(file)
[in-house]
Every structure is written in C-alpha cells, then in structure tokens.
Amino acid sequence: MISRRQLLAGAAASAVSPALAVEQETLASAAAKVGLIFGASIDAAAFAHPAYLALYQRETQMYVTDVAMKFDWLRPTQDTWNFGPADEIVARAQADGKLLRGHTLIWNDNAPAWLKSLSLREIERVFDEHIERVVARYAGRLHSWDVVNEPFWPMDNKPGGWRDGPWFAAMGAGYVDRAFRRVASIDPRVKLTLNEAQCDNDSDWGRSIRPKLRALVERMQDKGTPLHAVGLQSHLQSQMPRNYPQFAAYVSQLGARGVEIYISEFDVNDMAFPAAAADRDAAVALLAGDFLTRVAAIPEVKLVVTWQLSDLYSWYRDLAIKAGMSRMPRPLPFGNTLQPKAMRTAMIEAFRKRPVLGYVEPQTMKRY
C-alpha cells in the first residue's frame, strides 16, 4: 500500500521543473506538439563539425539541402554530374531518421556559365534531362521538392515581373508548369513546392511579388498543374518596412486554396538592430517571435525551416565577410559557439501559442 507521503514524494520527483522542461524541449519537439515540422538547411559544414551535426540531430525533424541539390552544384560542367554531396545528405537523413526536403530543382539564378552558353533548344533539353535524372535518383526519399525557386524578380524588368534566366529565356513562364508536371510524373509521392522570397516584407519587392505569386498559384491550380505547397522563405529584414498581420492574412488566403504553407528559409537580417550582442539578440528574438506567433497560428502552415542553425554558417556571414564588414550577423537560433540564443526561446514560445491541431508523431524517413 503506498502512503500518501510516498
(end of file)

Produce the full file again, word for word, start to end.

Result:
[in-house]
Every structure is written in C-alpha cells, then in structure tokens.
Amino acid sequence: MISRRQLLAGAAASAVSPALAVEQETLASAAAKVGLIFGASIDAAAFAHPAYLALYQRETQMYVTDVAMKFDWLRPTQDTWNFGPADEIVARAQADGKLLRGHTLIWNDNAPAWLKSLSLREIERVFDEHIERVVARYAGRLHSWDVVNEPFWPMDNKPGGWRDGPWFAAMGAGYVDRAFRRVASIDPRVKLTLNEAQCDNDSDWGRSIRPKLRALVERMQDKGTPLHAVGLQSHLQSQMPRNYPQFAAYVSQLGARGVEIYISEFDVNDMAFPAAAADRDAAVALLAGDFLTRVAAIPEVKLVVTWQLSDLYSWYRDLAIKAGMSRMPRPLPFGNTLQPKAMRTAMIEAFRKRPVLGYVEPQTMKRY
C-alpha cells in the first residue's frame, strides 16, 4: 500500500521543473506538439563539425539541402554530374531518421556559365534531362521538392515581373508548369513546392511579388498543374518596412486554396538592430517571435525551416565577410559557439501559442 507521503514524494520527483522542461524541449519537439515540422538547411559544414551535426540531430525533424541539390552544384560542367554531396545528405537523413526536403530543382539564378552558353533548344533539353535524372535518383526519399525557386524578380524588368534566366529565356513562364508536371510524373509521392522570397516584407519587392505569386498559384491550380505547397522563405529584414498581420492574412488566403504553407528559409537580417550582442539578440528574438506567433497560428502552415542553425554558417556571414564588414550577423537560433540564443526561446514560445491541431508523431524517413 503506498502512503500518501510516498